Conservation nonprofit gains land, wins federal funds

Conservation nonprofit gains land, wins federal funds
Year-end land donation in Fleming Island and Middleburg, adjacent to the North Florida Land Trust’s Black Creek Preservation Priority Area

After ending 2017 with donations of hundreds of acres, the North Florida Land Trust ushered in the new year with the announcement it had been chosen for $3.56 million in federal funding.

Following year-end acquisitions of nearly 1,000 acres from generous donors, the Land Trust was chosen to receive the Regional Conservation Partnership Program award for its Ocala to Osceola (or O2O) corridor conservation project.

The O2O corridor provides an important habitat for the Florida Black Bear and endangered species like the red-cockaded woodpecker, indigo snakes and gopher tortoises. In total, there are 34 federally threatened and endangered species, and three disappearing habitat types within the O2O region, which stretches from the Ocala National Forest to the Osceola National Forest and eventually to the Okefenokee Swamp in Georgia. 

“The RCPP funding will allow us to focus our attention on approximately 100,000 acres of privately owned land within the O2O corridor. We would like to acquire conservation easements on that property from willing landowners over the next five years,” said Jim McCarthy, president of NFLT.

The year-end land gifts included 388 acres in Clay County along Black Creek and Doctors Lake, given by South Doctors Lake, Ltd.; more than 522 acres of land along the O2O wildlife corridor in White Springs, Florida in Columbia County from Rebecca Carter Nowicki in memory of John Michael Carter; more than 21 acres of land near the Jacksonville-Baldwin border from the Wilensky family; more than eight acres on the Northside from the Hoffman family, and three vacant properties from PHS Industries Inc., which owned the properties originally slated to be used by Google for its fiber-optics project in Jacksonville. Two of the properties are adjacent to one another on Alton Avenue on the Southside, the third is on Plymouth Street west of Murray Hill.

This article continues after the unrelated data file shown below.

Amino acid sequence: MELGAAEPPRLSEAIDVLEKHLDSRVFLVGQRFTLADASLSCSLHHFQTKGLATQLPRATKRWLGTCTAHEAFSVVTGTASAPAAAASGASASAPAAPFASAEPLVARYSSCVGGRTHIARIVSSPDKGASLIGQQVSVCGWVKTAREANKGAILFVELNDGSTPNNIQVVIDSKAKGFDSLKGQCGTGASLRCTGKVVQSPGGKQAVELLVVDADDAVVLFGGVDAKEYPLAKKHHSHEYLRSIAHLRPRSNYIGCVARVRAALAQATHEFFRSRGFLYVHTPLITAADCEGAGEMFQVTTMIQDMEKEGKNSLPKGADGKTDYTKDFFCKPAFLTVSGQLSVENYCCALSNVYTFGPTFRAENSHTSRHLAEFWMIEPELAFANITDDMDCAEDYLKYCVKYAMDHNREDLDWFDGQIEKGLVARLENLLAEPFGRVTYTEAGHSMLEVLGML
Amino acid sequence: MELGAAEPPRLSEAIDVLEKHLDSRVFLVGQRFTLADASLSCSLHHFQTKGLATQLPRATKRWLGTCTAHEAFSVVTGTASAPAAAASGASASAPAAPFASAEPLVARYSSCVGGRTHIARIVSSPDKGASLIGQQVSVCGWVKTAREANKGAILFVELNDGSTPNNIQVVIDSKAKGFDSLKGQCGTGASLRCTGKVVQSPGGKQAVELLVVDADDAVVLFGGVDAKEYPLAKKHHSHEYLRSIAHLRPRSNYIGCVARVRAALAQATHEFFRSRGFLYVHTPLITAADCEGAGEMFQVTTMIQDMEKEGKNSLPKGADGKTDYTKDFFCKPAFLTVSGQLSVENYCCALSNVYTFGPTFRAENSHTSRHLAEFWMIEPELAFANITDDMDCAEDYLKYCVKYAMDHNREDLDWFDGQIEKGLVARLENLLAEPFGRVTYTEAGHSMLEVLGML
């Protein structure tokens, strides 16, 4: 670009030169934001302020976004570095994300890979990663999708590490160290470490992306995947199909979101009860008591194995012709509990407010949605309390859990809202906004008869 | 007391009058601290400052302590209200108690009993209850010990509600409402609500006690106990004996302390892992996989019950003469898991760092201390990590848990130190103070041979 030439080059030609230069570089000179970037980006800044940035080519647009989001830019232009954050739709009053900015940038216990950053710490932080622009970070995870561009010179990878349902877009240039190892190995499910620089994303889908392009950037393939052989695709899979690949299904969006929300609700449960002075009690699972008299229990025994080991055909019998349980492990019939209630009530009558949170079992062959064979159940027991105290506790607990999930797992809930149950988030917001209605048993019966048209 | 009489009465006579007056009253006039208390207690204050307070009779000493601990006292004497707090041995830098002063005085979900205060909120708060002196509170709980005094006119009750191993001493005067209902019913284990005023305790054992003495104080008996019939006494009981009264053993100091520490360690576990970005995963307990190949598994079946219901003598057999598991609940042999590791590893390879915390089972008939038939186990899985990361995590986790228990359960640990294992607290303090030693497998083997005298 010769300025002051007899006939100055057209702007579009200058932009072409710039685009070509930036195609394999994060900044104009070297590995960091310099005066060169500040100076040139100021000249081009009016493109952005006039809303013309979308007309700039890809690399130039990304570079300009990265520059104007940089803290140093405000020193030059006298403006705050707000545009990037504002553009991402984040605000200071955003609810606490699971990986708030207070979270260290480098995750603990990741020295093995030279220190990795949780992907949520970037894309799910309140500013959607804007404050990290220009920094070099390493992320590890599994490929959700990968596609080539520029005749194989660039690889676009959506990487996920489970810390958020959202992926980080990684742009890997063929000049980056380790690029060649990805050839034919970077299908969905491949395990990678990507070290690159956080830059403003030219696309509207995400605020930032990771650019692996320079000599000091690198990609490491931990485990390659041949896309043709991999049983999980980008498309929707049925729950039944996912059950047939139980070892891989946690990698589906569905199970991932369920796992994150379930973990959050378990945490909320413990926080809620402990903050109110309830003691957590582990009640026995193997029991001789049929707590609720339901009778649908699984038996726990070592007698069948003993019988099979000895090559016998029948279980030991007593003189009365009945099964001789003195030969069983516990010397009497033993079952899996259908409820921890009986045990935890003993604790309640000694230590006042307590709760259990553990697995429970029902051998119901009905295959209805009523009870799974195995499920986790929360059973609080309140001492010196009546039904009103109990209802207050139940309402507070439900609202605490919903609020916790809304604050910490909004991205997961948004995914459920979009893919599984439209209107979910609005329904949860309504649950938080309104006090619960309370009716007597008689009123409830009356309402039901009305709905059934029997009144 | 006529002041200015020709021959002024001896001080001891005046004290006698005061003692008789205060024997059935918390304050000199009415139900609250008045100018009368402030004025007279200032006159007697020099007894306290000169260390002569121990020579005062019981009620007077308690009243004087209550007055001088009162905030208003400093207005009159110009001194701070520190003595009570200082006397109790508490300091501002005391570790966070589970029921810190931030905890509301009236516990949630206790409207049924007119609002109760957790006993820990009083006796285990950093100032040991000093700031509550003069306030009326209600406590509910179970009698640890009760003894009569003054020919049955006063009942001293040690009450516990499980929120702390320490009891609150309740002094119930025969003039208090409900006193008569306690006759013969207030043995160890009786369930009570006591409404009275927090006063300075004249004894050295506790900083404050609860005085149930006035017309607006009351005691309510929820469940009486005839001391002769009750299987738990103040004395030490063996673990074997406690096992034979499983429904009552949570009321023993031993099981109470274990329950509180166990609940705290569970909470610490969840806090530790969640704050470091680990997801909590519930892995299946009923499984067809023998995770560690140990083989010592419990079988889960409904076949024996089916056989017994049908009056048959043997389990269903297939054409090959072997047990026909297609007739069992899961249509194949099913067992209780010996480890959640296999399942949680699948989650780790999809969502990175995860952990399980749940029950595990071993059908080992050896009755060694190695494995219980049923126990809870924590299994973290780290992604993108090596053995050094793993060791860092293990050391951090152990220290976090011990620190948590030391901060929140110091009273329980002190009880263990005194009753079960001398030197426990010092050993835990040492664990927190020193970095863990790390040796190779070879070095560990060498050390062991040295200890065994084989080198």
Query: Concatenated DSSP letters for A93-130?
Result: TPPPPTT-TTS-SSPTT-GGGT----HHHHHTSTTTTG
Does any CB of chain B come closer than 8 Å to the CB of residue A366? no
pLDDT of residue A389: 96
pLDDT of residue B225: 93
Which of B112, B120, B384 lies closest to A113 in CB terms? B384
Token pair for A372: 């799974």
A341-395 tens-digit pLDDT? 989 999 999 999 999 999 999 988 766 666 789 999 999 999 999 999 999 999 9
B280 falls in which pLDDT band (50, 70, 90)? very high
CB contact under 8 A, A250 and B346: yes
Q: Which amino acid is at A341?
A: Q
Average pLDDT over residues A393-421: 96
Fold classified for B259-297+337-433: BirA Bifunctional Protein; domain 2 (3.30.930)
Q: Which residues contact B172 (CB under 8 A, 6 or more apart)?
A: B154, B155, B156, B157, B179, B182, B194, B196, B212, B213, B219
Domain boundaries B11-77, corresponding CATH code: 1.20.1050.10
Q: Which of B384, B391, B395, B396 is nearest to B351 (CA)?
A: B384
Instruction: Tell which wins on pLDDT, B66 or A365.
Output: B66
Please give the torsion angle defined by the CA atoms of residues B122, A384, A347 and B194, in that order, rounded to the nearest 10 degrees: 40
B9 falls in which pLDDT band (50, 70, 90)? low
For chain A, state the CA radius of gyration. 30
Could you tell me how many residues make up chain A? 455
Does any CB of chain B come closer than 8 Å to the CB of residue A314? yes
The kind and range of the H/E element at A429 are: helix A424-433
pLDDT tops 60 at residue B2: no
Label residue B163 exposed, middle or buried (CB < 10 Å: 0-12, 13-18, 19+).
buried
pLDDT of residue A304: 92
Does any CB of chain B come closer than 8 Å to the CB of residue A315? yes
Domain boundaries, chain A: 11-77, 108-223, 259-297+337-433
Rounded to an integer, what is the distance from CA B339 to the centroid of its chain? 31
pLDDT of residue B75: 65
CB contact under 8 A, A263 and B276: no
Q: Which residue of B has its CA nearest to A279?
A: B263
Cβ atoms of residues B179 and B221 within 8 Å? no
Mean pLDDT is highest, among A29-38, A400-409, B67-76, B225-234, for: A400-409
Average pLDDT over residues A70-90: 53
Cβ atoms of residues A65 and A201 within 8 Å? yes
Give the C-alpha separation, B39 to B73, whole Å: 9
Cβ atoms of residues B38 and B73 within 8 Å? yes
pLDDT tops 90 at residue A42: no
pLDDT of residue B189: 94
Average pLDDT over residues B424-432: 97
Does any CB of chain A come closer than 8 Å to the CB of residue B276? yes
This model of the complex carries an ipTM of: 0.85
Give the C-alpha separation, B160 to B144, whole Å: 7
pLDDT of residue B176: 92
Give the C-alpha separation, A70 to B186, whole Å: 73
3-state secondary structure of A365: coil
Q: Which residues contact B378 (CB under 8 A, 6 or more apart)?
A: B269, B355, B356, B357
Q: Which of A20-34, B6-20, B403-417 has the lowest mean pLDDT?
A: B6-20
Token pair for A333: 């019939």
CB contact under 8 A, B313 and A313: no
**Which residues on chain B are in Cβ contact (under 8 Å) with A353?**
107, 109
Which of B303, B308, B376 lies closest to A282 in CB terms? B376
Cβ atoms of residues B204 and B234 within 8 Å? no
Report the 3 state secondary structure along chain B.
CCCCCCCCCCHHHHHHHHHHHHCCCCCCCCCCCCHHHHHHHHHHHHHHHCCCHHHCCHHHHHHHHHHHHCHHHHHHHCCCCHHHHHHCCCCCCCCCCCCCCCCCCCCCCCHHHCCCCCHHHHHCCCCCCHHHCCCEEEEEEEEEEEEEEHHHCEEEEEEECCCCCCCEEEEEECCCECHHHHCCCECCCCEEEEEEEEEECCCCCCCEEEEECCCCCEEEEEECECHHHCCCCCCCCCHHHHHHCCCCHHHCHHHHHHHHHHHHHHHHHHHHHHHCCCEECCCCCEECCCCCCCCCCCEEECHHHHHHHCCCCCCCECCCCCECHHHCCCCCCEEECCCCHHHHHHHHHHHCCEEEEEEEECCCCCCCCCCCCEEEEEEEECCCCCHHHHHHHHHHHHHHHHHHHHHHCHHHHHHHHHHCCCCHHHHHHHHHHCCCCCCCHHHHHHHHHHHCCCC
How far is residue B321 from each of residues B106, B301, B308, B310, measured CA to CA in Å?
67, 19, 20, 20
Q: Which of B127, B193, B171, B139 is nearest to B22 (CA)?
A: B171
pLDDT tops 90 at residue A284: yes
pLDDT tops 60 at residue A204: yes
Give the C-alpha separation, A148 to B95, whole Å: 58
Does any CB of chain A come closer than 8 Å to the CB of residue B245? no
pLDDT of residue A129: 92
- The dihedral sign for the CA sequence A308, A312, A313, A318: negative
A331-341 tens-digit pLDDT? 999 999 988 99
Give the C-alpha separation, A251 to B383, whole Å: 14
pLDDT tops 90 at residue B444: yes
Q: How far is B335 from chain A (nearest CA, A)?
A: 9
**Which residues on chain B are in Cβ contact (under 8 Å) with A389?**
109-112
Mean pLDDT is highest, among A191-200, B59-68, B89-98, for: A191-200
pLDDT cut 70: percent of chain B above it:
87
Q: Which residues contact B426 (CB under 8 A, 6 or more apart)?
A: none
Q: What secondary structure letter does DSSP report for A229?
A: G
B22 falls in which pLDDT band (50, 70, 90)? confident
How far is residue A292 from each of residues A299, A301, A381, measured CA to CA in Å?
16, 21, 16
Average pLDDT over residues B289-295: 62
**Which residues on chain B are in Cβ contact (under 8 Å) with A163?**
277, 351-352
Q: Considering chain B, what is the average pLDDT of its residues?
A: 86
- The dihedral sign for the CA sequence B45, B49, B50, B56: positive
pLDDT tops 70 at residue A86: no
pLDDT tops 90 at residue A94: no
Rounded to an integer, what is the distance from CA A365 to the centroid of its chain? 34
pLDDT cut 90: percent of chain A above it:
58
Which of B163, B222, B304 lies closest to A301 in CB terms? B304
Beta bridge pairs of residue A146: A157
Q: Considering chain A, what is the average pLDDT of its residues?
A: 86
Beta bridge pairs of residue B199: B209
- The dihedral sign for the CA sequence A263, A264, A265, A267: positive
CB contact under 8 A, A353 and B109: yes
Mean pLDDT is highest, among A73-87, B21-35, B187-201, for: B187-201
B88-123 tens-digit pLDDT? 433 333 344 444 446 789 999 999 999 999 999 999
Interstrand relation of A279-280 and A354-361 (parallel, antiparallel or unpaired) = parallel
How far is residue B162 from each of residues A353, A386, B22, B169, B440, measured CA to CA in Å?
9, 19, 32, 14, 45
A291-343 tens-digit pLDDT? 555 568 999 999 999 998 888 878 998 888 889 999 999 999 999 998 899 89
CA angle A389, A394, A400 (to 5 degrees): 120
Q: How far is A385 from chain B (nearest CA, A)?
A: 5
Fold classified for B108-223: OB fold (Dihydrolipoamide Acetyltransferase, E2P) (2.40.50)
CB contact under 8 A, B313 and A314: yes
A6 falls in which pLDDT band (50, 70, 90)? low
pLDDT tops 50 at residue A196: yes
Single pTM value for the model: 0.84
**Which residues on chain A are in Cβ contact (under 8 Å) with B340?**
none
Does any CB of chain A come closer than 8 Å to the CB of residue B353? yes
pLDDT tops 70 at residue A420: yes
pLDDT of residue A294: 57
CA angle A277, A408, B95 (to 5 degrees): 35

The Land Trust intends to sell the vacant lots as well as the Wilensky-Hoffman donations to help fund future conservation efforts.

“We plan to use these properties to raise money for our mission and will be selling them to interested parties. While we normally accept donations of land for conservation purposes, we accept donations of properties, stocks and other items that we can sell to raise money to support our operations or buy more land. The donor receives the charitable deduction and we advance our mission,” said McCarthy.


By Kate A. Hallock
Resident Community News

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